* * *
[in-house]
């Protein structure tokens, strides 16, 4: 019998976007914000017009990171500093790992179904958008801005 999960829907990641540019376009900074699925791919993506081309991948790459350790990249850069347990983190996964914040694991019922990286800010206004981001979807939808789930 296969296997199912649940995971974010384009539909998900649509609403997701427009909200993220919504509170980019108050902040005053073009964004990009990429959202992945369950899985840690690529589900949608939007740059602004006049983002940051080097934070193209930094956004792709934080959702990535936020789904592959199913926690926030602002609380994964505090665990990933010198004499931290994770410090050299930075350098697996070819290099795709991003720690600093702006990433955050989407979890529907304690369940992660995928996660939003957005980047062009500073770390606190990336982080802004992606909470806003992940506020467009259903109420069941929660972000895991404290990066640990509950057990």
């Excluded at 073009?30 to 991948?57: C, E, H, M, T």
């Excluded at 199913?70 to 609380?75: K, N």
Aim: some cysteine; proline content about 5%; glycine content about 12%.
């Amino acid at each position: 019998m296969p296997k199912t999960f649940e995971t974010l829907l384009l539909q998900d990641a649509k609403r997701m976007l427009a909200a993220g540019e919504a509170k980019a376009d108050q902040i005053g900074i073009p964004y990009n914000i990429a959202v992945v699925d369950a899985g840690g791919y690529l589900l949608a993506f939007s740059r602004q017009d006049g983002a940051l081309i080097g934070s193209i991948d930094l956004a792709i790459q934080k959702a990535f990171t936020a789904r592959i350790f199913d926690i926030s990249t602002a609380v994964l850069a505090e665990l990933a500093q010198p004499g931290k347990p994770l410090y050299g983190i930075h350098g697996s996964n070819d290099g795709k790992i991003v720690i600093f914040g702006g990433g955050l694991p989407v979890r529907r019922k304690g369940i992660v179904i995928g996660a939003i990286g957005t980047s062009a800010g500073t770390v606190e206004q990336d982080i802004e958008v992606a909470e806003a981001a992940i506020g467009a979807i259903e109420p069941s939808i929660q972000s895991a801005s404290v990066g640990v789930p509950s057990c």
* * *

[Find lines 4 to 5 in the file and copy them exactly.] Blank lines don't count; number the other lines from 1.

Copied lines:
């Excluded at 199913?70 to 609380?75: K, N």
Aim: some cysteine; proline content about 5%; glycine content about 12%.